Why digital technology is at the centre of government’s development agenda

The digital economy is growing at the rate of 2.5% faster than the physical economy

The government is optimistic that the push to use digital technology to create jobs, enhance delivery of services and collect revenue will enable the country fast-track economic growth. Mr Eliud Owalo, the Cabinet Secretary for Information, Communications and the Digital Economy, said that the benefits of digitalisation are already being seen and felt across all sectors and the government is building upon them to enable the country have a fully-fledged digital economy.

“Our aggressive push towards digitalisation has not only transformed the service delivery landscape, but also led to a substantial surge in revenue collection from Sh60 million daily to an impressive Sh1 billion over the past year,” said Mr Owalo, who was speaking at a Digital Summit on Artificial Intelligence (AI) in Naivasha.

Some 12,692 government services have been on-boarded fully to the E-Citizen platform, while work to ensure the remaining ones are on the platform is ongoing.

The digitilisation of services has bolstered efficiency and transparency in service delivery, with the government working to bridge to digital divide through expansion of the fibre cable network and provision of free public Wi-Fi to ensure every citizen has access to the internet.

In the last one year, the Government has set up 1,261 free public Wi-Fi hotspots, facilitating communication and business. Further, it has installed 8,419km of fibre cable in partnership with private sector players, as part of the 100,000km five-year target and set up 247 digital hubs across the country.

And as part of efforts to enhance Universal Health Coverage, some 46 hospitals have been connected to the national fibre optic cable and the Hospital Health Management Information System (Afya KE) that is expected to deepen access to health services is being piloted in selected facilities.

“The government is committed to bridging the digital divide through the automation of services, creating digital jobs and the laying of 100,000 kilometres of fibre cable,” stated the CS.

CS Owalo has reiterated government’s commitment to digitise its processes as ICT is a critical enabler of the Bottom-Up Economic Transformation Agenda

To enhance the enhancement the deployment of digital technology at the grassroots, Parliament passed an amendment to the National Government Constituency Development Fund (NGCDF) Act allowing 3 per cent of allocations to be used in construction and paying for utilities, costs and maintenance of constituency digital hubs.

This change will revolutionise connectivity and access to digital services, particularly in underserved regions, said the CS, noting that ICT is one of the five pillars of the government Bottom-up Economic Transformation Agenda (BETA).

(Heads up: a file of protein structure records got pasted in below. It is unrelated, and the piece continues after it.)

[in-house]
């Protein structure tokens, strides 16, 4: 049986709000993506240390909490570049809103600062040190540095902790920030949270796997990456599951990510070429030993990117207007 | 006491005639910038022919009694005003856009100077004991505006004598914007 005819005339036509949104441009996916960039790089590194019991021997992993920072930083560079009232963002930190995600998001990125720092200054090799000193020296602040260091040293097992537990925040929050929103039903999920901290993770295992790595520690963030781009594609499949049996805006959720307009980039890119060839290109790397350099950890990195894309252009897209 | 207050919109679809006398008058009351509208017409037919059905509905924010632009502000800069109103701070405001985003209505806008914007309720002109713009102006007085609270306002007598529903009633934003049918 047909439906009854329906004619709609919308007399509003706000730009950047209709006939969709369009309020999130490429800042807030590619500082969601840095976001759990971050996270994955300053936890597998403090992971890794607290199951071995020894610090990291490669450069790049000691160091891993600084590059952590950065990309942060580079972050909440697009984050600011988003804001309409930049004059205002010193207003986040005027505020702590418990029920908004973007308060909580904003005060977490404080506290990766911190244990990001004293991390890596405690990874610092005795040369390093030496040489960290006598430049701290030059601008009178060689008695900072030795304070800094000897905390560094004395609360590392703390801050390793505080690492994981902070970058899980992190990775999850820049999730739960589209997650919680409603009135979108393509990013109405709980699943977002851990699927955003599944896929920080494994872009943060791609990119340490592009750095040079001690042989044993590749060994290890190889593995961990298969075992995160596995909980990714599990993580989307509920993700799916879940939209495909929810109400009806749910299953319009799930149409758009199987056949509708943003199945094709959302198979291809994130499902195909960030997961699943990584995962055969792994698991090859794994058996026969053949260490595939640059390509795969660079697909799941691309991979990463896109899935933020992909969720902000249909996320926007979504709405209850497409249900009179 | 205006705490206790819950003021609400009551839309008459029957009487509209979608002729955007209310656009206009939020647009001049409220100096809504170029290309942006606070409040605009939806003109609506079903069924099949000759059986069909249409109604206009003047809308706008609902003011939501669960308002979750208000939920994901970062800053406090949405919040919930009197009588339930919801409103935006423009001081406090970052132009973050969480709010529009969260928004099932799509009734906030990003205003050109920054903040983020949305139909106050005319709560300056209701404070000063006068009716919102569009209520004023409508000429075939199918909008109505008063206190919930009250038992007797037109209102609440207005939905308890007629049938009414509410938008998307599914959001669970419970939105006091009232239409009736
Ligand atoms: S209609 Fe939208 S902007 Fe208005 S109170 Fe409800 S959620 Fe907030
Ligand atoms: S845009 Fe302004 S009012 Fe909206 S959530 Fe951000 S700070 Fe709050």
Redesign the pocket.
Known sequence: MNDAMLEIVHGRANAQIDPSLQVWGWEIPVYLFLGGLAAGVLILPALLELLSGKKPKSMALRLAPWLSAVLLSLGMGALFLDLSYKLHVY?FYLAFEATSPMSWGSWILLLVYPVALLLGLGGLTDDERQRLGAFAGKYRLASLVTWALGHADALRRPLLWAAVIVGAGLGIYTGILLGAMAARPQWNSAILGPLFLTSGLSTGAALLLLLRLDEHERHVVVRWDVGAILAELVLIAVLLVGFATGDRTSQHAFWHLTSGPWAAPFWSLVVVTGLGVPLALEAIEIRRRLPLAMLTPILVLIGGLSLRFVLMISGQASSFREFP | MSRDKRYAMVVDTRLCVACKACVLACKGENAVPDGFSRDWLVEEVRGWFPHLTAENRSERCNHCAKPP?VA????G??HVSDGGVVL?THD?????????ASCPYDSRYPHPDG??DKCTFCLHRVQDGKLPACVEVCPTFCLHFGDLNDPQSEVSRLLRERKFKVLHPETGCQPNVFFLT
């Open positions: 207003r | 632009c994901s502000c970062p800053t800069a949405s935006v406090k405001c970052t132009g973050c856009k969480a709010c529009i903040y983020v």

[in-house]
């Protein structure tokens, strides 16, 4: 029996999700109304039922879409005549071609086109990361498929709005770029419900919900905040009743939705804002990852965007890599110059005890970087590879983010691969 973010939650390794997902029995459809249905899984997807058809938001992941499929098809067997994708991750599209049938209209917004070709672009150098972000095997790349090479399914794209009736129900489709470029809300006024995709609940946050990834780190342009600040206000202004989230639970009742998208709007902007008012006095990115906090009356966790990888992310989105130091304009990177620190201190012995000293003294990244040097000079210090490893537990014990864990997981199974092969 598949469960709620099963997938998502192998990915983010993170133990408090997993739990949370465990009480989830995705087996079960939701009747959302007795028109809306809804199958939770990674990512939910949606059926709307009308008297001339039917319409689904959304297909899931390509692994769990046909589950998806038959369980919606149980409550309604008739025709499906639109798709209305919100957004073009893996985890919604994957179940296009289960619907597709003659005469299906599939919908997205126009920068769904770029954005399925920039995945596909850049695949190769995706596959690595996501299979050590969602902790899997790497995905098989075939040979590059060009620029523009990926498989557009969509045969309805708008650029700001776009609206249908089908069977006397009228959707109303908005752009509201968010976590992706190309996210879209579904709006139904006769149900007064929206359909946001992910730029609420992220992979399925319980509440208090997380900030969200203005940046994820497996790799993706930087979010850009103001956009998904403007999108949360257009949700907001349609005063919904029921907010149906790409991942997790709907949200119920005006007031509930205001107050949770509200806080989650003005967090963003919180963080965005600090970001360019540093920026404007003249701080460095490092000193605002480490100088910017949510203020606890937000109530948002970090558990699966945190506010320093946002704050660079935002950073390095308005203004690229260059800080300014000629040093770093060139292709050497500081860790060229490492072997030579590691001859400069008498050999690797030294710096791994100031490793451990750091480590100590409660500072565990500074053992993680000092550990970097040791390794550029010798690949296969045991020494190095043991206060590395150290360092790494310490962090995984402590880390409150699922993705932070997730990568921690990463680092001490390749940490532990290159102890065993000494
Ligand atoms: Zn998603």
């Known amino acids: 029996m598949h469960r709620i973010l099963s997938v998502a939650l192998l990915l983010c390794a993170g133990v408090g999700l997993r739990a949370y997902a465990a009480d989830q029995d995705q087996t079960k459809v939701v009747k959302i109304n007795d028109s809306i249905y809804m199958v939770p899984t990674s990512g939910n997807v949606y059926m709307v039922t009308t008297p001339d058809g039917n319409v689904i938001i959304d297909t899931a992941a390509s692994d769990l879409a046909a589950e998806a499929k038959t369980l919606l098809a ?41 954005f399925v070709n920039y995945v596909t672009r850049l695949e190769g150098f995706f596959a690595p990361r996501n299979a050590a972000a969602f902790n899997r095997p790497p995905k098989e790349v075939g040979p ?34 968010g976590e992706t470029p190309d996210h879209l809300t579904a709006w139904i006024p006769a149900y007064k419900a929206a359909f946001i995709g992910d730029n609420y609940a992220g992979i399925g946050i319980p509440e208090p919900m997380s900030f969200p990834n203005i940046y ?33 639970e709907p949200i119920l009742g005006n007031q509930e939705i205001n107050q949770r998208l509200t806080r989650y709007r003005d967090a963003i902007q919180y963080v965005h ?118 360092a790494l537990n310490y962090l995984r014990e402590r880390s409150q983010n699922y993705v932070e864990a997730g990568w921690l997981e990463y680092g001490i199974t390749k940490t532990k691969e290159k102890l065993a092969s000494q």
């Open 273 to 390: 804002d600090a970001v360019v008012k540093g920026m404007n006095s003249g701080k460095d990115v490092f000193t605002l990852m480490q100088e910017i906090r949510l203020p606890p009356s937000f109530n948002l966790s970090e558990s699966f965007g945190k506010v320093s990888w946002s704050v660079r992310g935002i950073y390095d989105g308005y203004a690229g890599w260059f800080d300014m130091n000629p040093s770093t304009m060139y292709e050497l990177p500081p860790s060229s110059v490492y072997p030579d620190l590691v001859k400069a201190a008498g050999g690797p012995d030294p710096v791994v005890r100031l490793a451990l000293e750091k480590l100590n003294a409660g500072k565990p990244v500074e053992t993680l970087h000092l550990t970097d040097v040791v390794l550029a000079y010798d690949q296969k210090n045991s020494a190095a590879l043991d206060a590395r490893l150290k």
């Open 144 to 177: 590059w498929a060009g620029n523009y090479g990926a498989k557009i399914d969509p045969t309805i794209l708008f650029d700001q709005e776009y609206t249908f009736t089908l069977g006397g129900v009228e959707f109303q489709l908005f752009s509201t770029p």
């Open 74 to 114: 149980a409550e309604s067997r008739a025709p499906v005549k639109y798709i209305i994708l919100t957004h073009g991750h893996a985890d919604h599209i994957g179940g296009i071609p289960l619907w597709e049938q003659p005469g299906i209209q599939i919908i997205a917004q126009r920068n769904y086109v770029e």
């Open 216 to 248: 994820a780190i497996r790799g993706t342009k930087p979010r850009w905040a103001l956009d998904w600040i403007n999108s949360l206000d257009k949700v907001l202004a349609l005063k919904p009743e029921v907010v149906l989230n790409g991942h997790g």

He added that the government is enhancing digital skills of the youth and linking them to jobs through Ajira and Jitume programmes, which provide training and enable the youth to work and earn a living online.

“So far, we have managed to setup and operationalise 116 Jitume digital centres across the country to support the government’s initiative of creating employment opportunities for over 1,000,000 youth in three to five years’ time,” noted Mr Owalo.

The Jitume programme is being implemented in partnership with Technical and Vocational Education and Training Institutes (TVETs), which are being equipped with 23,000 digital devices.

The 116 sites have been connected and supplied with 11,400 Virtual Desktop Devices. Over 390,968 youths have been trained under both Jitume and Ajira programmes and 119,462 jobs created.

Eng John Tanui, the PS for ICT and Digital Economy, noted that the ongoing digital transformation provides a fundamental change in the way the government serves citizens, promotes efficiency and transparency and enhances cost-effective service delivery.

“The government is enhancing connectivity, linking institutions, enterprises, homes and markets to create equal development enabling everyone to tap into digital opportunities,” said the PS.

According to Mr Owalo, the government is keen on using artificial intelligence to enhance service delivery across various sectors.

“The ministry recognises the transformative potential of AI in improving service delivery and revolutionise existing systems by enhancing efficiency, accuracy, and accessibility,” said the CS. He said there are three key pillars guiding Kenya’s efforts in fostering synergies in digital transformation and the use of AI.

The first is inclusive digitisation, which aims to ensure that the benefits of digital transformation reach every segment of society, including the marginalised communities. The second is collaborative Innovation, which emphasises the promotion of public-private partnerships, academia-industry collaborations and cross-sector engagements to drive innovation.

Lastly, there is the ethical use of AI and data governance, which underscores the importance of transparency, fairness, and accountability in AI development and deployment.

“The government is actively engaging in an open, interdisciplinary conversation to assess risks stemming from frontier AI, delineate the roles of different actors in responding to these risks, and explore the considerable opportunities that AI presents and international collaboration is crucial for managing these risks and fostering opportunities arising from frontier AI,” noted the CS.

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